My funny bone was shattered after enduring the debacle of comedy that was "The Change-Up." If I had to sit through another painfully humorless comedy for the second week in a row, I might have risked never being able to laugh again.
Fortunately for my sake, "30 Minutes or Less" managed to deliver the goods in the laugh department. As far as dark comedies go, the film doesn't quite exceed "Horrible Bosses" or "Pineapple Express." But there are just enough funny moments and clever plot twists for me to give the film a pass.
After writing, producing and starring in the lazy "Your Highness," Danny McBride redeems himself with a role more suited to his talent.
He plays Dwayne, a middle-aged slacker who spends all of his time blowing stuff up with his pal Travis, played by Nick Swardson. Dwayne can't wait for his strict father, played by Fred Ward, to kick the bucket so he can inherit his millions.
While getting a lap dance at a strip club, Dwayne gets the idea to have his father killed. The unemployed Dwayne lacks the funds to hire a hit man though. Not wanting to get their own hands dirty, Dwayne and Travis hatch a plan to have somebody else steal the money for their hit man.
The two airheads kidnap a pizza delivery boy named Nick, played by Jesse Eisenberg, and strap an explosive device to him. They tell Nick that he has the rest of the day to get them $10,000. If Nick can't deliver, then he'll be blown to smithereens.
Eisenberg is really quite good here as a hopeless young man that suddenly finds himself under extremely dire and unlikely circumstances. Any other actor would probably just go over-the-top and come off as obnoxious in this role. But Eisenberg is surprisingly convincing and creates a grounded character.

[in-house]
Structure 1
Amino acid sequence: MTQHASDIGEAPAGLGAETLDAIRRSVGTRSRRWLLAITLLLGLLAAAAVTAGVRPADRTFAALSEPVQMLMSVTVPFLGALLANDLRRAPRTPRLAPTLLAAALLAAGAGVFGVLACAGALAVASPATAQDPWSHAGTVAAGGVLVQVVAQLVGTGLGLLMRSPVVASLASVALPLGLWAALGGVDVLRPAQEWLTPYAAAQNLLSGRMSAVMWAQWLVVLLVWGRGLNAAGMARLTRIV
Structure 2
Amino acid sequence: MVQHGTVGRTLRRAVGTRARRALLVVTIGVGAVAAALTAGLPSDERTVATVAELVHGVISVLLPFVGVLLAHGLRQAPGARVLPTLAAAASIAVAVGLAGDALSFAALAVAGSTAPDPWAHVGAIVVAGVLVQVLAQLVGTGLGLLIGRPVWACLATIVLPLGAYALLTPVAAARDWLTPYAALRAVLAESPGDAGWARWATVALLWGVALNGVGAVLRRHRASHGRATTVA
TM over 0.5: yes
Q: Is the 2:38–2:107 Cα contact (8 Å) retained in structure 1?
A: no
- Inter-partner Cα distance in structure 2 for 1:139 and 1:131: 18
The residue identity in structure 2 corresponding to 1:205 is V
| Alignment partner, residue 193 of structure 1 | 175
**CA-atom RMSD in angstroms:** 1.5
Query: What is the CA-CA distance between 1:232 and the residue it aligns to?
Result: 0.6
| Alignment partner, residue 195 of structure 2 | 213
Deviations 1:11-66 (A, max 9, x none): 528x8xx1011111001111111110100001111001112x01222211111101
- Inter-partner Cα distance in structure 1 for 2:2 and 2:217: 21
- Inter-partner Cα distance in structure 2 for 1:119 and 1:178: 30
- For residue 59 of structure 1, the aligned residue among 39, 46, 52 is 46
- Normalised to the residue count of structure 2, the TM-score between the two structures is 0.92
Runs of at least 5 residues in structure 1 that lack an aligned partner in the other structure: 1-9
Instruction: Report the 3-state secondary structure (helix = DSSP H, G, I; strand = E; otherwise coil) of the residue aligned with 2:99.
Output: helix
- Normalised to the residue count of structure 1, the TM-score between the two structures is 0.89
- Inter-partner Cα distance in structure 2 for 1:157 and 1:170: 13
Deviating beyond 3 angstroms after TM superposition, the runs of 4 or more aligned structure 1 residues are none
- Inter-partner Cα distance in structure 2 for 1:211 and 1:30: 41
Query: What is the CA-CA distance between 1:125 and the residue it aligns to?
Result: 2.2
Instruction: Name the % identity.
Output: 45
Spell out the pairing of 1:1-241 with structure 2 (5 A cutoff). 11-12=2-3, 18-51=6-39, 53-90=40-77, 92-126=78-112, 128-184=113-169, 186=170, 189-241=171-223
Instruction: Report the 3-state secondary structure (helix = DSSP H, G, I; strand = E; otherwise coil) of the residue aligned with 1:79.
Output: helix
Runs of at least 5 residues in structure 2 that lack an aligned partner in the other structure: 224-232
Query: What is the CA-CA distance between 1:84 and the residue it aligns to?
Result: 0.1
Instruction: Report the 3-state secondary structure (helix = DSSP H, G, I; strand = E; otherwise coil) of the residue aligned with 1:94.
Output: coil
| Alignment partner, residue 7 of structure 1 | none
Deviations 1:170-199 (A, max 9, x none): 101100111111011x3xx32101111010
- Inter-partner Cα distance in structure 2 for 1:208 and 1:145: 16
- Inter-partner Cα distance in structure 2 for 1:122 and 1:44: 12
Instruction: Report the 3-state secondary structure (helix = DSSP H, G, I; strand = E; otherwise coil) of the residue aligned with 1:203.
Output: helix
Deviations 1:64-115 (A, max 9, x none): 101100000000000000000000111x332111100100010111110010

With "Adventureland," "Zombieland," "Solitary Man" and his Oscar-nominated work in "The Social Network," some people might assume that Eisenberg is being typecast as a nerd.
While all of his characters might be nerds to an extent, they all have different beats and never feel like the same person. Between all of his performances, Eisenberg demonstrates that he truly has great range as an actor and is reminiscent of a young Dustin Hoffman.
The funniest performance in the film comes from Aziz Ansari, who has made a five-minute cameo in every other comedy to come out in the past five years. Here he is upgraded to the best friend role as Chet, who agrees to help out Nick with a bank robbery. Ansari steals the film's best lines, adding his unique wide-eyed, high-pitch-voiced persona to the equation. He's kind of like an Indian Eddie Murphy or a Chris Tucker that you don't want to punch.
At times "30 Minutes or Less" is somewhat reminiscent of a Coen Brother's movie with stupid people getting caught up in a stupid plan that goes horribly wrong. This film is much more lowbrow than a Coen Brother's movie though. While it's fun, the film doesn't have the timelessness of "The Big Lebowski," "Raising Arizona," or "Fargo."
As a late summer action comedy though, the film is directed with plenty of kinetic energy from Ruben Fleischer and doesn't pile on too many uneven sentimental scenes. It's not a film I need to see again or will necessarily remember a year from now. But it certainly healed my funny bone after a beating I thought it would never recover from.